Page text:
Road Cycling “It is by riding a bicycle that you learn the contours of a country best, since you have to sweat up the hills and coast down them. Thus you remember them as they actually are, while in a motor car only a high hill impresses you, and you have no such accurate remembrance of country you have driven through as you gain by riding a bicycle.” -- Ernest Hemingway

Stem Length

Old 02-22-18, 07:58 PM
  #26  
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My wife is riding a 50mm stem. Here is why she is riding it.

My son is a long body. So as he grew, we had a nice racing bike with too long a top tube for a normal fit for her, but, didn't want to waste it and some nostalgia there.

She also likes a low TT position from years of riding that way. So it has clip-on aero bar short extensions. The handling is slightly better on extensions with a shorter stem. So...we go with it.

It kinda looks bad, works well.
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Old 02-23-18, 01:21 PM
  #27  
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I think we would all be well advised to give up height as a measurement for frame size.
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Old 02-23-18, 01:30 PM
  #28  
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Originally Posted by bruce19 View Post
I think we would all be well advised to give up height as a measurement for frame size.
I'm not sure if you are talking about frame height or using people's heights to predict frame size, but the latter works much better than inseam or any other rule of thumb I've heard of.
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Old 02-23-18, 02:06 PM
  #29  
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I'm a believer that body dimensions, even knowing all of them, isn't a great predictor of frame fit. I have long legs and a short torso. So you would be thinking long seatpost, shortish top tube, medium stem. I ride bikes with healthy top tubes on steep seattubes and long to very long stems. I learned a long time ago that if I want to go anywhere upwind, I need my back very low and aero. I have no big muscles. Racing, I always looked in store windows to check that I was riding with my back horizontal. Now, I had to bend my arms 90 degrees to get there. That was fine as a 25 yo pure racer. I could do that for hours. As I got older, I started thinking "I want my bars where I can keep my arms relatively straight with that same back position. It's a lot easier". So my stems starting getting far longer. I started seeking out bikes that could get me there using production stems. Having custom bikes built. Writing computer programs and CAD drafting my bikes so I can quickly see what I need to make any bike I am interested in work, stem-wise.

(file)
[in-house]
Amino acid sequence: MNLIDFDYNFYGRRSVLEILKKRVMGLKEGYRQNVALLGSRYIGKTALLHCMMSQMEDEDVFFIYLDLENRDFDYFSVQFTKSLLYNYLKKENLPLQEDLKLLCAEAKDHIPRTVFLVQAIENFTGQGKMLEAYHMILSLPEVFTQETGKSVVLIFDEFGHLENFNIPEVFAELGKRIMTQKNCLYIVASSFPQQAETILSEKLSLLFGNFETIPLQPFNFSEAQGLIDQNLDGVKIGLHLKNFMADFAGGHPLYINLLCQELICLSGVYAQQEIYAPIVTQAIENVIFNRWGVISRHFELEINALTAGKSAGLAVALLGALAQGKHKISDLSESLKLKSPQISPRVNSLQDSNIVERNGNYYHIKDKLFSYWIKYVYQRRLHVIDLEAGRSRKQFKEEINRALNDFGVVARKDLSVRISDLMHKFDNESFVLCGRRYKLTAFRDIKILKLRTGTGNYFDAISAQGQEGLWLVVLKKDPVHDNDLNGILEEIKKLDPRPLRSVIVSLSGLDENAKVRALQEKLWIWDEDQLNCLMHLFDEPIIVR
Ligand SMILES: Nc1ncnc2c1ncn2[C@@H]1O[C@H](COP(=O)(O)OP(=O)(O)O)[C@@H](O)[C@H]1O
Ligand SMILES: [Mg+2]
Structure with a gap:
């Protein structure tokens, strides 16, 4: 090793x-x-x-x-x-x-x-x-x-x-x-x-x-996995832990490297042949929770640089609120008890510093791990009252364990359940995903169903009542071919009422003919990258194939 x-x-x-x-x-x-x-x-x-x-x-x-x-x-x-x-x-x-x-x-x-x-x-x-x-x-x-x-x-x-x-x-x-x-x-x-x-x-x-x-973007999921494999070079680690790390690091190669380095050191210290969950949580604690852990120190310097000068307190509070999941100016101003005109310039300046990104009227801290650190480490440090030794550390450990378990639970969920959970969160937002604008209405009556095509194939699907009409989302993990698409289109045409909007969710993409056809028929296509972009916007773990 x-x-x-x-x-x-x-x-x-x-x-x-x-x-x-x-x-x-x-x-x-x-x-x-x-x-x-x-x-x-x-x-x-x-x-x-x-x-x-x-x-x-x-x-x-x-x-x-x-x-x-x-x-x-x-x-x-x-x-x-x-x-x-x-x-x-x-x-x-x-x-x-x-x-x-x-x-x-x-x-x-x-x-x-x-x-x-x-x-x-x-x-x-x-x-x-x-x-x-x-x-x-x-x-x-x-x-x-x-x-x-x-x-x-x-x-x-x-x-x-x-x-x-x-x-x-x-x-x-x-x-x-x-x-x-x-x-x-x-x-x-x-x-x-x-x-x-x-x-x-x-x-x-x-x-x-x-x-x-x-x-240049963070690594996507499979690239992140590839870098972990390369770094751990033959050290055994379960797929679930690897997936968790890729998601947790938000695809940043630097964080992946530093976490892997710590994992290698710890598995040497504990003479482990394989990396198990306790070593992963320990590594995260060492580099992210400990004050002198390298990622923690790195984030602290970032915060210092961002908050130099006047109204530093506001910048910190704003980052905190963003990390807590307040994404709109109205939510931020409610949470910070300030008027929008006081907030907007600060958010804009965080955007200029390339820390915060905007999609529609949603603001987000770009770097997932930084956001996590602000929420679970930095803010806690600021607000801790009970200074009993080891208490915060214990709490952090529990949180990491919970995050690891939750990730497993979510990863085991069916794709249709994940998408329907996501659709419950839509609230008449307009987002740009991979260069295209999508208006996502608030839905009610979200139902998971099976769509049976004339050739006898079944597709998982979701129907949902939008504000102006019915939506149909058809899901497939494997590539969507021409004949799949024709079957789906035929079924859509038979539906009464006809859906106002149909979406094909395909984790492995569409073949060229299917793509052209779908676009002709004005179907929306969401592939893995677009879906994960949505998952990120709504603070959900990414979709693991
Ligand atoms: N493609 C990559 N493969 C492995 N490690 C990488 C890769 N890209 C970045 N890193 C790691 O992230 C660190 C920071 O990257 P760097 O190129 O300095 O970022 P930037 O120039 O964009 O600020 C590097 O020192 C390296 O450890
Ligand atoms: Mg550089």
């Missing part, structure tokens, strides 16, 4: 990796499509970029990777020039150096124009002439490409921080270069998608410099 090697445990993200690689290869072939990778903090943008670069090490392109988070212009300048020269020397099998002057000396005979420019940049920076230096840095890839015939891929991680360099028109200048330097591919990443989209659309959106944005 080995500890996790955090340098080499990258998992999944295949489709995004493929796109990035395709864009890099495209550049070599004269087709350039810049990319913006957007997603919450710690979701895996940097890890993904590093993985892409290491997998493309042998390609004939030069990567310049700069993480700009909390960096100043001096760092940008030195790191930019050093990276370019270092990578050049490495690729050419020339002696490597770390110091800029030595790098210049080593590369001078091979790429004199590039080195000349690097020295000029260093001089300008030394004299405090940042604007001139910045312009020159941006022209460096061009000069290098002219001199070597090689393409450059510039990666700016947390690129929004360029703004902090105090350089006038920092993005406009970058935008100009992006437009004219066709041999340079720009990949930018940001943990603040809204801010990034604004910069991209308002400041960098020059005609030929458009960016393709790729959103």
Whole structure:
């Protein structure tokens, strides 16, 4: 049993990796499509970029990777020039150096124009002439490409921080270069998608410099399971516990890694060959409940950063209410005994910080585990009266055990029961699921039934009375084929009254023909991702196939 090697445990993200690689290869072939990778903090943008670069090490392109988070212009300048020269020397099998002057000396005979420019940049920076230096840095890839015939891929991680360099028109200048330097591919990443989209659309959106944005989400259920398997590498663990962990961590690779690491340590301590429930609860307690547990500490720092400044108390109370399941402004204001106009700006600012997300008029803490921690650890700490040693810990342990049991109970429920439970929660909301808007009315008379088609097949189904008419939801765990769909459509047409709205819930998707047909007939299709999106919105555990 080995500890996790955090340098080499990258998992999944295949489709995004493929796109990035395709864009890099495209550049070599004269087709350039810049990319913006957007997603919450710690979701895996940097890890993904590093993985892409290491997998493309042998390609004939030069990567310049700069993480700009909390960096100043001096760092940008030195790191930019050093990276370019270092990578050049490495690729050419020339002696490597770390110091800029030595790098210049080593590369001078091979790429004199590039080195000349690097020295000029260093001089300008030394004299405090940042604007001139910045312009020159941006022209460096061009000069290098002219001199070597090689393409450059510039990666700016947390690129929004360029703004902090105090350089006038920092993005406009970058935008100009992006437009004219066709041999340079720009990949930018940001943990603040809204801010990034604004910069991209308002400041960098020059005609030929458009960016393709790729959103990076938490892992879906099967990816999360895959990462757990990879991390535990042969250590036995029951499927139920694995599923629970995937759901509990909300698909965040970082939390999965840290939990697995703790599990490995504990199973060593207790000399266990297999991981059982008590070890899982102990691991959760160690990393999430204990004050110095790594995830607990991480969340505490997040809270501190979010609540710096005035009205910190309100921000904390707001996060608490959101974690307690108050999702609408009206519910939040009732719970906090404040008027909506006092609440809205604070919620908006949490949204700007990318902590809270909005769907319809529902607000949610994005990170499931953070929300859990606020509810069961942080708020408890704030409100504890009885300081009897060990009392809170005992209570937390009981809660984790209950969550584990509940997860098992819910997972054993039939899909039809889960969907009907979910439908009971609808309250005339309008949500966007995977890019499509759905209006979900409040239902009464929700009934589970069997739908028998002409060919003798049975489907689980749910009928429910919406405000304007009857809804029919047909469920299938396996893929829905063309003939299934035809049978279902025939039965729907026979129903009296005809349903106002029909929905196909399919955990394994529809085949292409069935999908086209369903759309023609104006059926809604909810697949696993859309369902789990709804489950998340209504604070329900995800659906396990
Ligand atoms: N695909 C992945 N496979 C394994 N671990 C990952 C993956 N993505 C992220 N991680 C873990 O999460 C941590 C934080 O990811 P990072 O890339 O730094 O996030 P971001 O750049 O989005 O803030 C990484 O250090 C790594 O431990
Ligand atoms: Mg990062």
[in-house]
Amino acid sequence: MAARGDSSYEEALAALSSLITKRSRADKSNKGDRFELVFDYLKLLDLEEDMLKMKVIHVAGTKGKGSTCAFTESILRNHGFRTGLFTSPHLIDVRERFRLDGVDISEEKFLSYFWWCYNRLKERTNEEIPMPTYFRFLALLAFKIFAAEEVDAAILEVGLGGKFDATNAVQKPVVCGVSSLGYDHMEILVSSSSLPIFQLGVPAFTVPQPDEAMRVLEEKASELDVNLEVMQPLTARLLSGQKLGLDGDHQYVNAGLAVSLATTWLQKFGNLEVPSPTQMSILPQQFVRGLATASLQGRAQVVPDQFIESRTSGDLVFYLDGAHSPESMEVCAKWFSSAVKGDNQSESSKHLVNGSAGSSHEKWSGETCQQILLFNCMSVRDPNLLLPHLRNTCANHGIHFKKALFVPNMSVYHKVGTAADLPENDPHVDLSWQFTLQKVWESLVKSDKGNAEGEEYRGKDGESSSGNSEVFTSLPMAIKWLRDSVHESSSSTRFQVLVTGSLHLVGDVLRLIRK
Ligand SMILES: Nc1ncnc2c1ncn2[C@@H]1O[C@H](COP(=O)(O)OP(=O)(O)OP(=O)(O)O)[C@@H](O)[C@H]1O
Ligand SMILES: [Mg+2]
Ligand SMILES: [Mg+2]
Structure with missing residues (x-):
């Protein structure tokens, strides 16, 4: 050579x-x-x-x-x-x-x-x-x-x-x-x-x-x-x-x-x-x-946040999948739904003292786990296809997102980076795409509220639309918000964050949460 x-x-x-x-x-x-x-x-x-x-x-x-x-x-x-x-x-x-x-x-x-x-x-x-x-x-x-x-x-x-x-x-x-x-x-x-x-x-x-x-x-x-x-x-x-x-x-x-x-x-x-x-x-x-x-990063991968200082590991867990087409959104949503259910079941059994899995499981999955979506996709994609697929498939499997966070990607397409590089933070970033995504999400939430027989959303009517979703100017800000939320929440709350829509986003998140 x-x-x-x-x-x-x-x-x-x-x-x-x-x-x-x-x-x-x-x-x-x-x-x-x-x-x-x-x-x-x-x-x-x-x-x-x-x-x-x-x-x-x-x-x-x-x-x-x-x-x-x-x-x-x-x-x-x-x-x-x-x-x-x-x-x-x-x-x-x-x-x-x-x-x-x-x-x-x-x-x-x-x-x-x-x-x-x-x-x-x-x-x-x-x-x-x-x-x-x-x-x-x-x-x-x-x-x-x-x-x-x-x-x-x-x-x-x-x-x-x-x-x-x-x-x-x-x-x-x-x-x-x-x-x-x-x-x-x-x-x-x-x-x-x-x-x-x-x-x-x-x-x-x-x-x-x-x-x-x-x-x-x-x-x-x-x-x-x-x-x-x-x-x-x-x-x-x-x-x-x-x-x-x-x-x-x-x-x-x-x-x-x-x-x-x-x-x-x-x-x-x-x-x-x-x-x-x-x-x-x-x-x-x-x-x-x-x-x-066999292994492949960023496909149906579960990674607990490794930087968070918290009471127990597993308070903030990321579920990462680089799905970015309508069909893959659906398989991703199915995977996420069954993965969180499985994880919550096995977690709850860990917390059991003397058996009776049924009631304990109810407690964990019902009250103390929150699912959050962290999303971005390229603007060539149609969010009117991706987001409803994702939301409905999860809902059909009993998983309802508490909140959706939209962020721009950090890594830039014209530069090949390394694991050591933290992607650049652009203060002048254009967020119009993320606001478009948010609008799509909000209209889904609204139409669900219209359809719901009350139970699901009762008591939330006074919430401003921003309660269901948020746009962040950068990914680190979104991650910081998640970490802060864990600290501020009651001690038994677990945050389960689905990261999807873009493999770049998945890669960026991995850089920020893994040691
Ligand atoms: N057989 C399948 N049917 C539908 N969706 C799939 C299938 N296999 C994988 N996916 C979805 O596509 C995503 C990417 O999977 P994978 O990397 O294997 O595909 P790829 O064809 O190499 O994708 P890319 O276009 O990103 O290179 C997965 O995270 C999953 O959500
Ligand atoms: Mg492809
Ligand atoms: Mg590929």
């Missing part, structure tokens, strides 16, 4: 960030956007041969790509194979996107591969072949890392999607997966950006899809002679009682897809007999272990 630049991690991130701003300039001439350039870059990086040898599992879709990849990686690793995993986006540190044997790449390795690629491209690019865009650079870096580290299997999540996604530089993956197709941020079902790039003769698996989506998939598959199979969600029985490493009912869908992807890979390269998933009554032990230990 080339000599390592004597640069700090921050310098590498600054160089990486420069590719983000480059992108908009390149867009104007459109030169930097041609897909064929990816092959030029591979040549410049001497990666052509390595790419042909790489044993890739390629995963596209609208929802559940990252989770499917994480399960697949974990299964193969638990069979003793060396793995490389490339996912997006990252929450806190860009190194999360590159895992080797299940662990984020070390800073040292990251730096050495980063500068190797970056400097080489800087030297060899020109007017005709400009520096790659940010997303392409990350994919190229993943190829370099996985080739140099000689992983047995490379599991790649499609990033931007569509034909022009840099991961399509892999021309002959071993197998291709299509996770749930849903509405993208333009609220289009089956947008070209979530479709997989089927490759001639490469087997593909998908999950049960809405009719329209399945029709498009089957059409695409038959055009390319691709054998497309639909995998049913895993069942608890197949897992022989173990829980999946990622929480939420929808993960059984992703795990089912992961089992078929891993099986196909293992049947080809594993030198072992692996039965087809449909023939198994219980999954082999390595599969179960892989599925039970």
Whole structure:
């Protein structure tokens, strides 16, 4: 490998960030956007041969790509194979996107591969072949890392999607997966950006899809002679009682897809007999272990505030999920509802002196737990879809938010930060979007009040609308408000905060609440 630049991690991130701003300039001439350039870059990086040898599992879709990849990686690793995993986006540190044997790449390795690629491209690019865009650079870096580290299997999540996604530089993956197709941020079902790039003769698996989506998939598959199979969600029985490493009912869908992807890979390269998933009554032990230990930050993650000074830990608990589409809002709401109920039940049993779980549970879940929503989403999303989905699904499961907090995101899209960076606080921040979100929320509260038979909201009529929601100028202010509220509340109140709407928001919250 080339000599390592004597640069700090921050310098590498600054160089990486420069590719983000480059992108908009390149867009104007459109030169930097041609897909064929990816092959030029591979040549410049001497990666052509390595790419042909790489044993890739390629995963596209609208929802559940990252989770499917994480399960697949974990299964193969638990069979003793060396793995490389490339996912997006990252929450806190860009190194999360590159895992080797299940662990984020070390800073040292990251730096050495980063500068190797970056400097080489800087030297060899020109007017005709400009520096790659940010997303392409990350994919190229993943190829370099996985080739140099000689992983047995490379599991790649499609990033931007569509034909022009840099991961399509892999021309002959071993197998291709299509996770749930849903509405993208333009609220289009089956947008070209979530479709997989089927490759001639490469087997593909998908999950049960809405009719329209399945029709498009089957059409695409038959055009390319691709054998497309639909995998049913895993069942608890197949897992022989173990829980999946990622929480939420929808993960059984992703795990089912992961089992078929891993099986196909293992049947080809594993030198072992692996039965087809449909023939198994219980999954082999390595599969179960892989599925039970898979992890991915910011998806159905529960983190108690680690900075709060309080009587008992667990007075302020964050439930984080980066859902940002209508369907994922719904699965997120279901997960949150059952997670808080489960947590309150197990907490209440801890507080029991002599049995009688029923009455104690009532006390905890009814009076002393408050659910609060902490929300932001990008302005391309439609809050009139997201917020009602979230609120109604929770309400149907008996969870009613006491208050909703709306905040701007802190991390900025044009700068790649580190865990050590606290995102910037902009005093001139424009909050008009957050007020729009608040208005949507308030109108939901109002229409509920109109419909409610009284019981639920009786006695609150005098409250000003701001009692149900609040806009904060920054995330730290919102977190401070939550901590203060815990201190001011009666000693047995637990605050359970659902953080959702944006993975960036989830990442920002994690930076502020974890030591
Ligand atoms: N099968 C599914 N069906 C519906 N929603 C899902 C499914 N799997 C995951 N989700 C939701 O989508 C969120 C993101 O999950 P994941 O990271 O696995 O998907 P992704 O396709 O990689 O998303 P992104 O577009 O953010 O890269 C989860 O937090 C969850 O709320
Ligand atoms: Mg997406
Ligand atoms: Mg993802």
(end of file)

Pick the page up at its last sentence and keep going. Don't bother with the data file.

I get thanked by my body and legs for this work on a regular basis.

Ben
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Old 02-23-18, 03:50 PM
  #30  
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Originally Posted by Kontact View Post
I'm not sure if you are talking about frame height or using people's heights to predict frame size, but the latter works much better than inseam or any other rule of thumb I've heard of.
Maybe I'm a traditionalist. Back in the day frame size was approximated by inseam. Per people like Greg LeMond and his coach Cyrille Guimard. And others. For example....I am (now) 5'9" with a 32.25" inseam. A friend is 6' with the same 32.25" inseam. We both ride a 54-55 cm frame. His upper body and reach are longer than mine so he has a longer stem. That is not to say that we can't ride a range of frame sizes. But, IMO, inseam is a better prediction of ideal frame size. Has worked well for me over the pat 40 or so years.
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Old 02-23-18, 04:31 PM
  #31  
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Originally Posted by bruce19 View Post
Maybe I'm a traditionalist. Back in the day frame size was approximated by inseam. Per people like Greg LeMond and his coach Cyrille Guimard. And others. For example....I am (now) 5'9" with a 32.25" inseam. A friend is 6' with the same 32.25" inseam. We both ride a 54-55 cm frame. His upper body and reach are longer than mine so he has a longer stem. That is not to say that we can't ride a range of frame sizes. But, IMO, inseam is a better prediction of ideal frame size. Has worked well for me over the pat 40 or so years.
Lemond's recommendation works great - if you have average proportions. Your friends torso is 3" longer than yours, but I'm willing to bet that he isn't using a stem 7cm longer than you are. Most people with his proportions would be better off on a frame that has a little less standover but a reasonable amount of reach. And he has the reach of someone closer to 6'3". That's why the best compromise is to spread the problem between seat tube and top tube rather than take someone with a 6'3" person's torso and put them on a bike with a 5'8" persons reach.
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Old 02-24-18, 08:55 AM
  #32  
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Guess we will have to disagree. If as you say there are variables that affect the use of inseam as a determinant I'd guess those variables exist using height as well. So, I don't see height as being better than inseam.
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Old 02-24-18, 11:44 AM
  #33